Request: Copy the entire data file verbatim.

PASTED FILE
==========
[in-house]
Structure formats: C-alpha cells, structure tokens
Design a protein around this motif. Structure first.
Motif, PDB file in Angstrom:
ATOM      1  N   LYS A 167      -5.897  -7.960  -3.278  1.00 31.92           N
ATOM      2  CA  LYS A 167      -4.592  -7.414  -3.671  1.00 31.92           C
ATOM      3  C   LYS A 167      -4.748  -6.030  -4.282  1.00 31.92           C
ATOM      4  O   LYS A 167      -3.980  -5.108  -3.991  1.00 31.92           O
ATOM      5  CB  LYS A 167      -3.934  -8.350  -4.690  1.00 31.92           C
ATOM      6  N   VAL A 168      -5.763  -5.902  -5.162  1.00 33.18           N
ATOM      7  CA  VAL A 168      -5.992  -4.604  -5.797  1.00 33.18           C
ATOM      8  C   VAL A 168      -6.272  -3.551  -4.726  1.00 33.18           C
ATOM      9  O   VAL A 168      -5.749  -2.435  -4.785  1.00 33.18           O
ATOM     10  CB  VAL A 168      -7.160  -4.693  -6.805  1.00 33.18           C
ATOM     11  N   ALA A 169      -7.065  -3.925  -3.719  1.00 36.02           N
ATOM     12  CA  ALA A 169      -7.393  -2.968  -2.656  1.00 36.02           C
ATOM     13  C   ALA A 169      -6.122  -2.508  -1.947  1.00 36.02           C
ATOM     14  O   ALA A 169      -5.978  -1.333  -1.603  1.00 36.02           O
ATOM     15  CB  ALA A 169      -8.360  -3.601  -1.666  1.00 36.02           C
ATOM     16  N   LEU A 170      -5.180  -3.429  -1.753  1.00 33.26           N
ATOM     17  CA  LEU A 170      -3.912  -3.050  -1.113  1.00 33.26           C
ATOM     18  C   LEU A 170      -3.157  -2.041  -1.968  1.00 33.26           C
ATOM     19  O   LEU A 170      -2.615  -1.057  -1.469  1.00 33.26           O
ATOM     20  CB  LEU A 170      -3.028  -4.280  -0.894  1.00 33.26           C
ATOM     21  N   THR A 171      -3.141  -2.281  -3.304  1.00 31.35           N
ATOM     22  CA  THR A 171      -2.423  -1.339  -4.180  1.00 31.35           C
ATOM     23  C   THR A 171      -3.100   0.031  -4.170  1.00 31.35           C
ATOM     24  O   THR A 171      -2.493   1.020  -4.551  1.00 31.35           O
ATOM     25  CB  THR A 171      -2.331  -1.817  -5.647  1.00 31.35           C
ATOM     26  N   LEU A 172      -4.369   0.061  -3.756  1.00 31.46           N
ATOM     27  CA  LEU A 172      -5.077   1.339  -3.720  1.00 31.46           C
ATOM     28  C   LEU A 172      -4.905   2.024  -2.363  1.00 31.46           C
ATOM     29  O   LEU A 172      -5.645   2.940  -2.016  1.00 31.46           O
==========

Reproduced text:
[in-house]
Structure formats: C-alpha cells, structure tokens
Design a protein around this motif. Structure first.
Motif, PDB file in Angstrom:
ATOM      1  N   LYS A 167      -5.897  -7.960  -3.278  1.00 31.92           N
ATOM      2  CA  LYS A 167      -4.592  -7.414  -3.671  1.00 31.92           C
ATOM      3  C   LYS A 167      -4.748  -6.030  -4.282  1.00 31.92           C
ATOM      4  O   LYS A 167      -3.980  -5.108  -3.991  1.00 31.92           O
ATOM      5  CB  LYS A 167      -3.934  -8.350  -4.690  1.00 31.92           C
ATOM      6  N   VAL A 168      -5.763  -5.902  -5.162  1.00 33.18           N
ATOM      7  CA  VAL A 168      -5.992  -4.604  -5.797  1.00 33.18           C
ATOM      8  C   VAL A 168      -6.272  -3.551  -4.726  1.00 33.18           C
ATOM      9  O   VAL A 168      -5.749  -2.435  -4.785  1.00 33.18           O
ATOM     10  CB  VAL A 168      -7.160  -4.693  -6.805  1.00 33.18           C
ATOM     11  N   ALA A 169      -7.065  -3.925  -3.719  1.00 36.02           N
ATOM     12  CA  ALA A 169      -7.393  -2.968  -2.656  1.00 36.02           C
ATOM     13  C   ALA A 169      -6.122  -2.508  -1.947  1.00 36.02           C
ATOM     14  O   ALA A 169      -5.978  -1.333  -1.603  1.00 36.02           O
ATOM     15  CB  ALA A 169      -8.360  -3.601  -1.666  1.00 36.02           C
ATOM     16  N   LEU A 170      -5.180  -3.429  -1.753  1.00 33.26           N
ATOM     17  CA  LEU A 170      -3.912  -3.050  -1.113  1.00 33.26           C
ATOM     18  C   LEU A 170      -3.157  -2.041  -1.968  1.00 33.26           C
ATOM     19  O   LEU A 170      -2.615  -1.057  -1.469  1.00 33.26           O
ATOM     20  CB  LEU A 170      -3.028  -4.280  -0.894  1.00 33.26           C
ATOM     21  N   THR A 171      -3.141  -2.281  -3.304  1.00 31.35           N
ATOM     22  CA  THR A 171      -2.423  -1.339  -4.180  1.00 31.35           C
ATOM     23  C   THR A 171      -3.100   0.031  -4.170  1.00 31.35           C
ATOM     24  O   THR A 171      -2.493   1.020  -4.551  1.00 31.35           O
ATOM     25  CB  THR A 171      -2.331  -1.817  -5.647  1.00 31.35           C
ATOM     26  N   LEU A 172      -4.369   0.061  -3.756  1.00 31.46           N
ATOM     27  CA  LEU A 172      -5.077   1.339  -3.720  1.00 31.46           C
ATOM     28  C   LEU A 172      -4.905   2.024  -2.363  1.00 31.46           C
ATOM     29  O   LEU A 172      -5.645   2.940  -2.016  1.00 31.46           O